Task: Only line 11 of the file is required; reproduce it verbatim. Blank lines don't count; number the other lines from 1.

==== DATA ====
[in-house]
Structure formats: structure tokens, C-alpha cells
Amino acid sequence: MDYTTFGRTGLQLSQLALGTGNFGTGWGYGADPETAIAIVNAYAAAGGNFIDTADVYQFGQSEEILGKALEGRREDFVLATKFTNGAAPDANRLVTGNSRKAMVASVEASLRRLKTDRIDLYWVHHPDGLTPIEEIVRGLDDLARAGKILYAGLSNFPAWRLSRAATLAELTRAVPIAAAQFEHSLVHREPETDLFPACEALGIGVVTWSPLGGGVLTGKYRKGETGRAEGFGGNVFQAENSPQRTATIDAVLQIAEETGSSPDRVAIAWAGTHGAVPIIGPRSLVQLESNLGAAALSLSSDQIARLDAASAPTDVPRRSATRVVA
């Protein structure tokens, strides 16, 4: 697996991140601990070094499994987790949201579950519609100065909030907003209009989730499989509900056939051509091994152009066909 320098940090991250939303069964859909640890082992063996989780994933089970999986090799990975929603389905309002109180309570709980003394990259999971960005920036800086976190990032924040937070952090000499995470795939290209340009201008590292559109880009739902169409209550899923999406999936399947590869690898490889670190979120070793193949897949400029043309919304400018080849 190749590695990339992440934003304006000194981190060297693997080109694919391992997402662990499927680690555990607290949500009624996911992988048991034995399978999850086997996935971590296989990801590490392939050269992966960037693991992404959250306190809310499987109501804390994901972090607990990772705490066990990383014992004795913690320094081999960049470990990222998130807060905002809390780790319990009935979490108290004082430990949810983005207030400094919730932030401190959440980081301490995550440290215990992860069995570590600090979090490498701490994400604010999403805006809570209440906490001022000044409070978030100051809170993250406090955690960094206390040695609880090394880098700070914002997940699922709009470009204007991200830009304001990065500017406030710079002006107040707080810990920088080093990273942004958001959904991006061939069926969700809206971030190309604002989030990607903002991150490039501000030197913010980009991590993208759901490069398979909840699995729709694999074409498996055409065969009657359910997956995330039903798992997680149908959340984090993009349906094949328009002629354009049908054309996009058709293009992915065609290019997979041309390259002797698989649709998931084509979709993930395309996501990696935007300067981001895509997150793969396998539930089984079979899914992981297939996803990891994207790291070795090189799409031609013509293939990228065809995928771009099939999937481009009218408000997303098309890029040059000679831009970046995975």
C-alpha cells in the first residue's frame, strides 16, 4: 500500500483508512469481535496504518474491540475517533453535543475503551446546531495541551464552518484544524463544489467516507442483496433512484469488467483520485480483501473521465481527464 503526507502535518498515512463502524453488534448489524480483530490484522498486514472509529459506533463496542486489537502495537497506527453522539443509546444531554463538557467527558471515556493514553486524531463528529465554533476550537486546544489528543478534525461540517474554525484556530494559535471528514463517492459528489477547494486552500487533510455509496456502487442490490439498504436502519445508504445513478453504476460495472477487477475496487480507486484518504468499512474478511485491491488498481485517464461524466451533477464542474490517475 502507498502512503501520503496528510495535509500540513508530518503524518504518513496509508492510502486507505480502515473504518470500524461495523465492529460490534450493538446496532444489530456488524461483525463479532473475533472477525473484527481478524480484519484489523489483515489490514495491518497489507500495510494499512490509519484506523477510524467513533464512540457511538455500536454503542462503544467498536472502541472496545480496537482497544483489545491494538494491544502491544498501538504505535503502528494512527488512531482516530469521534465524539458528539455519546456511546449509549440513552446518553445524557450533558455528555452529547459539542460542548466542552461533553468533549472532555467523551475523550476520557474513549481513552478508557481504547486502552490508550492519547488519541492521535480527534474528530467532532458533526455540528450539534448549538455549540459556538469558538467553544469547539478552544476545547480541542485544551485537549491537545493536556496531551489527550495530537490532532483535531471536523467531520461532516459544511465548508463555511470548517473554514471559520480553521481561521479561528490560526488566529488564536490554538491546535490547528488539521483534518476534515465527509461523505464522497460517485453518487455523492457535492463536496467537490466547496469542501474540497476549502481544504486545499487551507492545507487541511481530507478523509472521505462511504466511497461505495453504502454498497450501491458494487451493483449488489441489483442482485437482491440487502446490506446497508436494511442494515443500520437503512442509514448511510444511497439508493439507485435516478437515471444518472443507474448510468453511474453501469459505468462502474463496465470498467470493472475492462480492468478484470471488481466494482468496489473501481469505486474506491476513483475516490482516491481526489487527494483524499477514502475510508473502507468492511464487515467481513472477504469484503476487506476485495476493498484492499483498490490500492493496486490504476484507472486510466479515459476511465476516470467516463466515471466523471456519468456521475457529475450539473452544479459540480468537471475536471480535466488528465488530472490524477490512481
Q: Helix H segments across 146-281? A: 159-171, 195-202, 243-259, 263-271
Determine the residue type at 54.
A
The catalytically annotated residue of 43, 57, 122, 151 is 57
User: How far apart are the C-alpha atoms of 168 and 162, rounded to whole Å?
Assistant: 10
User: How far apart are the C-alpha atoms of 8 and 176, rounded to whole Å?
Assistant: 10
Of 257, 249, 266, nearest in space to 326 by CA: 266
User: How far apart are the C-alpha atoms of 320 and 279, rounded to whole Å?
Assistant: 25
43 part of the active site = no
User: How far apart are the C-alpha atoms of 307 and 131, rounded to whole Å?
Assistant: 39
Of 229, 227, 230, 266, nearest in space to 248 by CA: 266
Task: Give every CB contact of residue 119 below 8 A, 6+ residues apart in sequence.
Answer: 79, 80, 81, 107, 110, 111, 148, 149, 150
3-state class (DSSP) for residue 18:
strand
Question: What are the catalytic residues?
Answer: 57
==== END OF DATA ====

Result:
Assistant: 10